3. Jesus, our Ideal, must be an every present reality day by day ... moment by moment ... event by event

CLOSE: There are things to which our eyes should never be exposed. There are things which our eyes of understanding should never contemplate. But ours is a shameless world, and it is so difficult not to be exposed. So, yes, we need Gods help in turning our eyes away from destructive vanity.

Cecil A. Hutson

19 December 2004

God's Plan of Salvation

You must hear the gospel and then understand and recognize that you are lost without Jesus Christ no matter who you are and no matter what your background is. The Bible tells us that “all have sinned, and come short of the glory of God.” (Romans 3:23) Before you can be saved, you must understand that you are lost and that the only way to be saved is by obedience to the gospel of Jesus Christ. (2 Thessalonians 1:8) Jesus said, “I am the way, the truth, and the life: no man cometh unto the Father, but by me.” (John 14:6) “Neither is there salvation in any other: for there is none other name under heaven given among men, whereby we must be saved.” (Acts 4:12)

You must believe and have faith in God because “without faith it is impossible to please him: for he that cometh to God must believe that he is, and that he is a rewarder of them that diligently seek him.” (Hebrews 11:6) But neither belief alone nor faith alone is sufficient to save. (James 2:19; James 2:24; Matthew 7:21)

You must repent of your sins. (Acts 3:19) But repentance alone is not enough. The so-called “Sinner’s Prayer” that you hear so much about today from denominational preachers does not appear anywhere in the Bible. Indeed, nowhere in the Bible was anyone ever told to pray the “Sinner’s Prayer” to be saved. By contrast, there are numerous examples showing that prayer alone does not save. Saul, for example, prayed following his meeting with Jesus on the road to Damascus (Acts 9:11), but Saul was still in his sins when Ananias met him three days later (Acts 22:16). Cornelius prayed to God always, and yet there was something else he needed to do to be saved (Acts 10:2, 6, 33, 48). If prayer alone did not save Saul or Cornelius, prayer alone will not save you. You must obey the gospel. (2 Thess. 1:8)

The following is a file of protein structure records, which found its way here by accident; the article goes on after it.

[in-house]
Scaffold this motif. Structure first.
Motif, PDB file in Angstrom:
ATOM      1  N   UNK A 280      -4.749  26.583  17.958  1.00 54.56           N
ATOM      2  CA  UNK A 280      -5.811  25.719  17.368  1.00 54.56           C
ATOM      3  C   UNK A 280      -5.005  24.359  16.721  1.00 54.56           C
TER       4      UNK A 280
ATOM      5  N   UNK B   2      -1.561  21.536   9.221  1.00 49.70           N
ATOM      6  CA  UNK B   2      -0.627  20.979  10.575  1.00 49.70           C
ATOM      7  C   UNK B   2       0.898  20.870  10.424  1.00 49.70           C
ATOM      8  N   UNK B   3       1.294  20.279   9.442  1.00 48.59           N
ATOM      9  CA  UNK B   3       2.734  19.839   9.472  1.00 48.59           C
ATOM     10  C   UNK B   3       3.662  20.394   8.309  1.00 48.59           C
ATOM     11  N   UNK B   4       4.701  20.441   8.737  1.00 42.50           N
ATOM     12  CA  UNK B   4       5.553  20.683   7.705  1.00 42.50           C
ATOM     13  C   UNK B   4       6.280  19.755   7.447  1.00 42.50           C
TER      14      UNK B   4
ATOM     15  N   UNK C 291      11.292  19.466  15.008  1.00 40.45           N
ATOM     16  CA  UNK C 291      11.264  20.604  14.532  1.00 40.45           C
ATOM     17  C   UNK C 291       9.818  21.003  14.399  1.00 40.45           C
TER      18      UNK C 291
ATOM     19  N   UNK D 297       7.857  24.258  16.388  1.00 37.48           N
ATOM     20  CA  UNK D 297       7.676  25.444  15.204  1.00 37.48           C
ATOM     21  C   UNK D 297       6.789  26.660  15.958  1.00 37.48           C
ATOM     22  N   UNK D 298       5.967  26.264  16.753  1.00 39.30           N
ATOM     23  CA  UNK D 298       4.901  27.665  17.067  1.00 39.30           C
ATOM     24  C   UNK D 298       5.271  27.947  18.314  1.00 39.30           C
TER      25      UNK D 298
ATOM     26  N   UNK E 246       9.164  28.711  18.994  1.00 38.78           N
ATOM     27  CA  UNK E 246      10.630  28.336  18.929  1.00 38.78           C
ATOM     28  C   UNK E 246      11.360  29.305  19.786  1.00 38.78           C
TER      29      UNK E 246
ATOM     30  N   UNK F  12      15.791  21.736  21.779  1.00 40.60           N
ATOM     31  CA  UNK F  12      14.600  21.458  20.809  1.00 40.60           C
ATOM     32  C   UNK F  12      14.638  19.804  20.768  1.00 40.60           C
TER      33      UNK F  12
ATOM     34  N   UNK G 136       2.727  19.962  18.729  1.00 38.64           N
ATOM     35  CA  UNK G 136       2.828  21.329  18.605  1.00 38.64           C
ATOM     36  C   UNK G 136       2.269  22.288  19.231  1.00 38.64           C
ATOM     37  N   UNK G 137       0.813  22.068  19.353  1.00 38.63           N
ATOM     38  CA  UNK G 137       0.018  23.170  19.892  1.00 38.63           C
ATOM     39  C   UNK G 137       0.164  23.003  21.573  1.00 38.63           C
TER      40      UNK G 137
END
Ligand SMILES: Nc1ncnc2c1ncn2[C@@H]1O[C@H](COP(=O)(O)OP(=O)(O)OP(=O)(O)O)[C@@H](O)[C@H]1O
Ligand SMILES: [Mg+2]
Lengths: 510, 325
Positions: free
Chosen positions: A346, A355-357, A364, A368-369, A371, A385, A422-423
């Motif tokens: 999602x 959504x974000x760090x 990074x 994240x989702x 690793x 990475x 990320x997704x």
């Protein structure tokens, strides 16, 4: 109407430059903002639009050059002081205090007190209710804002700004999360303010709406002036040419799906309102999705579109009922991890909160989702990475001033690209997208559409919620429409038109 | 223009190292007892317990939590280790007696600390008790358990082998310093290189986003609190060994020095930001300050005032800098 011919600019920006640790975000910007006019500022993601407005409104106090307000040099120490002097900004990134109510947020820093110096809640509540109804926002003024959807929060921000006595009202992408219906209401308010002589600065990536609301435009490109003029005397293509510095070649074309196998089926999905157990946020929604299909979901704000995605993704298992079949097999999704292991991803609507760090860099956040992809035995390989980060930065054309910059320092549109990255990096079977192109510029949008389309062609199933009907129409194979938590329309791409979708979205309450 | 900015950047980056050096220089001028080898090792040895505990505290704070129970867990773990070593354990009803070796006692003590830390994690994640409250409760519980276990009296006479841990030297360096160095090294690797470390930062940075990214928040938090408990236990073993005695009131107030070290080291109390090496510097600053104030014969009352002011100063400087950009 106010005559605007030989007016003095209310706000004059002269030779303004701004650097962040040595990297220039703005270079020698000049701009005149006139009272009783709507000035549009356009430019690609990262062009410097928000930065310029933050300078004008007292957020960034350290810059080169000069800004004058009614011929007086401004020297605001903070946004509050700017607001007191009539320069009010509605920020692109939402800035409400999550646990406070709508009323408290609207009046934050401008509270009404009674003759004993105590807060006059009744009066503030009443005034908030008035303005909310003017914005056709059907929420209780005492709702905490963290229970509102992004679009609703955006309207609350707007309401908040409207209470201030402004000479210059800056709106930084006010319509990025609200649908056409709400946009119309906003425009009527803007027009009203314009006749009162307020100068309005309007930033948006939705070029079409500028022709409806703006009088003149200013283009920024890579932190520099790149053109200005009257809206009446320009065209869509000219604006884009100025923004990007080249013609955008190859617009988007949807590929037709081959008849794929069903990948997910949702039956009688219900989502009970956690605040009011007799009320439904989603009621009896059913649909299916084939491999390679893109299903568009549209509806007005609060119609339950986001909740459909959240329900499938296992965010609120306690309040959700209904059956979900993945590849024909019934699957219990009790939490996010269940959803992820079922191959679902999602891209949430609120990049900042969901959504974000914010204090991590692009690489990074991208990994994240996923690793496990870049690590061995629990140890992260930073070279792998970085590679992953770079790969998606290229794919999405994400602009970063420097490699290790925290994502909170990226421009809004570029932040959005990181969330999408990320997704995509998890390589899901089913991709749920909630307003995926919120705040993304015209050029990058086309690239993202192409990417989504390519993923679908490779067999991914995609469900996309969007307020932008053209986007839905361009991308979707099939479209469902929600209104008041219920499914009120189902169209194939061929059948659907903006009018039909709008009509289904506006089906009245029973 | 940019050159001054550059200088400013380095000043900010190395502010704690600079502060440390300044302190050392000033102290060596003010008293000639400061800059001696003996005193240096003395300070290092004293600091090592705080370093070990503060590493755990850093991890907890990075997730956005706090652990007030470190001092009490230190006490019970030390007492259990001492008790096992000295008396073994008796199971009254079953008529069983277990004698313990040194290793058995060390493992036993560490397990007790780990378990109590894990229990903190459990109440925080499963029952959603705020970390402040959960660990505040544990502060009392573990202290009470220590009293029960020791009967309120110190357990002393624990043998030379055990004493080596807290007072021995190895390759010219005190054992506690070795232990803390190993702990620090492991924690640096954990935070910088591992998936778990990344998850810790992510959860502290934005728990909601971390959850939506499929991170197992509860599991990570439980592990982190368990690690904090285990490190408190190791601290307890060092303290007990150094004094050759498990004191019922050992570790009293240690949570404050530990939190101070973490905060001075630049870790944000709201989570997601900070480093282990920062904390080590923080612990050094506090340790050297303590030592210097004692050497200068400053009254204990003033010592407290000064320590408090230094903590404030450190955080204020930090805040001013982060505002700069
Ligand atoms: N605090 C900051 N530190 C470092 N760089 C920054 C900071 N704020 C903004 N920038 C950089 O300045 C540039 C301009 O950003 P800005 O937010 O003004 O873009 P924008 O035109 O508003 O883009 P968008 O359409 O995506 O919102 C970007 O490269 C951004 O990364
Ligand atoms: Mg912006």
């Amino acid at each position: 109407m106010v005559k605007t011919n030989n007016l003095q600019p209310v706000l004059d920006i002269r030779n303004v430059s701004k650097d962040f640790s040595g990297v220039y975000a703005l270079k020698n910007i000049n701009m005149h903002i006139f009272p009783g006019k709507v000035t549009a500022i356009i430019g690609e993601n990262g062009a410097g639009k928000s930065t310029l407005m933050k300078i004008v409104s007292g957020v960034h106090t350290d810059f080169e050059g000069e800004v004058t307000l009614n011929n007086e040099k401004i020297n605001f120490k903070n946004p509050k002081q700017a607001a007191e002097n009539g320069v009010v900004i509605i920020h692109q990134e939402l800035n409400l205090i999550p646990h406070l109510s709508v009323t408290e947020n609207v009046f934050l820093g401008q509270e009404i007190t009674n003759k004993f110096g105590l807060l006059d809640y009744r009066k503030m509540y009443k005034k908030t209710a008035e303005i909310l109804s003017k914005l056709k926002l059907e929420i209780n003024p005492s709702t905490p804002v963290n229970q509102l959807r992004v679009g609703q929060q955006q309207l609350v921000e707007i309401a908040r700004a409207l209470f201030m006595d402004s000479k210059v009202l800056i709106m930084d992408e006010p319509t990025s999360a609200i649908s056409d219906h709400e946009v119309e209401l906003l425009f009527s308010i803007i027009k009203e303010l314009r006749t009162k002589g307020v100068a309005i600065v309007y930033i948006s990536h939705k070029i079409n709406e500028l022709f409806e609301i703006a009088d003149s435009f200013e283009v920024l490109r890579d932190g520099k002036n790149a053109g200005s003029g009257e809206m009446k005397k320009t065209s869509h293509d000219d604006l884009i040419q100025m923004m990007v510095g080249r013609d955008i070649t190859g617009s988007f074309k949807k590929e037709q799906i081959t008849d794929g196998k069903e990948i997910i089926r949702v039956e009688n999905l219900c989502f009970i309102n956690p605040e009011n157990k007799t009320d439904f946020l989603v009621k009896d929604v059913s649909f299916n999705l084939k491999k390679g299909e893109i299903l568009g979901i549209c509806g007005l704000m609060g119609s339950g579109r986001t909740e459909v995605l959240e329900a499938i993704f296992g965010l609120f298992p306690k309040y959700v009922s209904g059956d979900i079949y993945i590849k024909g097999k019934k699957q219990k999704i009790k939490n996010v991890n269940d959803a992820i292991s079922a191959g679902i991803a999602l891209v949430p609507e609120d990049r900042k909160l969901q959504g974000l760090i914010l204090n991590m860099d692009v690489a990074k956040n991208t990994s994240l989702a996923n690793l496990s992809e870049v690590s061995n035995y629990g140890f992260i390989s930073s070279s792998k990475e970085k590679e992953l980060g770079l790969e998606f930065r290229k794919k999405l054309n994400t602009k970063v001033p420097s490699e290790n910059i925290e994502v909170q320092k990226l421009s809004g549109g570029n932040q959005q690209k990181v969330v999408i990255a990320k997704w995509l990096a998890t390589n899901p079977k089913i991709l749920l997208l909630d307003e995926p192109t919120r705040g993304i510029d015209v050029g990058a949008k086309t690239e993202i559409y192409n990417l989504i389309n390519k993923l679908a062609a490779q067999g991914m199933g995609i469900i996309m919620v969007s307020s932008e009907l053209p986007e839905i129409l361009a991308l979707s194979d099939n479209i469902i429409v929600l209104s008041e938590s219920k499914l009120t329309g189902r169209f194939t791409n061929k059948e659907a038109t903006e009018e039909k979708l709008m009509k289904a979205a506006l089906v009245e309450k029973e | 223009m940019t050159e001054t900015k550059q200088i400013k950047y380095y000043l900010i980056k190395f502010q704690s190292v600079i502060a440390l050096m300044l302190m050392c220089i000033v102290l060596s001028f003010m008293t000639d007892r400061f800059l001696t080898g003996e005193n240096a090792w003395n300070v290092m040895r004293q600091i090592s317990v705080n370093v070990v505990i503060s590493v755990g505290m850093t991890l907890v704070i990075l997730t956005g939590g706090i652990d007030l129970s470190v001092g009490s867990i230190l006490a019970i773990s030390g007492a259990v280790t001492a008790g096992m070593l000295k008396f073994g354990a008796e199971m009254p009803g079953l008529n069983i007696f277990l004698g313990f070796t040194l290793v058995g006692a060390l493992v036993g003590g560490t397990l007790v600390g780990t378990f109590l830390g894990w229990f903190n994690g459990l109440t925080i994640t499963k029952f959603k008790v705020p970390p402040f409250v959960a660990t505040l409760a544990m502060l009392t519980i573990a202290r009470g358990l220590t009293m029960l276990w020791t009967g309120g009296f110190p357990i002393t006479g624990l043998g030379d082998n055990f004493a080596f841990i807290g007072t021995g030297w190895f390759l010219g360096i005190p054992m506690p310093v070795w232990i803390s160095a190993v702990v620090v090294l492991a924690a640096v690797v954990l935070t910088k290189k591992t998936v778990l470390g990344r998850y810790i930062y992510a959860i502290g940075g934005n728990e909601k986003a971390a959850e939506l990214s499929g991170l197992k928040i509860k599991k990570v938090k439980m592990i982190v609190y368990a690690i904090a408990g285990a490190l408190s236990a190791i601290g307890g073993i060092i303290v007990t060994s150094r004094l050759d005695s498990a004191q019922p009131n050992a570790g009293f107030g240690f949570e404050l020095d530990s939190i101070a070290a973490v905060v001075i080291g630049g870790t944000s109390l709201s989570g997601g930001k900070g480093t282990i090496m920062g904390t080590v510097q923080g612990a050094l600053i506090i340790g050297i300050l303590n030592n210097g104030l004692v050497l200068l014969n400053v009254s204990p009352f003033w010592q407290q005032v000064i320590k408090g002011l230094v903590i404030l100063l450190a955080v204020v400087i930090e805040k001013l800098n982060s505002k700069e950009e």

You must confess that Jesus Christ is the Son of God. (Romans 10:9-10) Note that you do NOT need to make Jesus “Lord of your life.” Why? Because Jesus is already Lord of your life whether or not you have obeyed his gospel. Indeed, we obey him, not to make him Lord, but because he already is Lord. (Acts 2:36) Also, no one in the Bible was ever told to just “accept Jesus as your personal savior.” We must confess that Jesus is the Son of God, but, as with faith and repentance, confession alone does not save. (Matthew 7:21)

Having believed, repented, and confessed that Jesus is the Son of God, you must be baptized for the remission of your sins. (Acts 2:38) It is at this point (and not before) that your sins are forgiven. (Acts 22:16) It is impossible to proclaim the gospel of Jesus Christ without teaching the absolute necessity of baptism for salvation. (Acts 8:35-36; Romans 6:3-4; 1 Peter 3:21) Anyone who responds to the question in Acts 2:37 with an answer that contradicts Acts 2:38 is NOT proclaiming the gospel of Jesus Christ!

Once you are saved, God adds you to his church and writes your name in the Book of Life. (Acts 2:47; Philippians 4:3) To continue in God’s grace, you must continue to serve God faithfully until death. Unless they remain faithful, those who are in God’s grace will fall from grace, and those whose names are in the Book of Life will have their names blotted out of that book. (Revelation 2:10; Revelation 3:5; Galatians 5:4)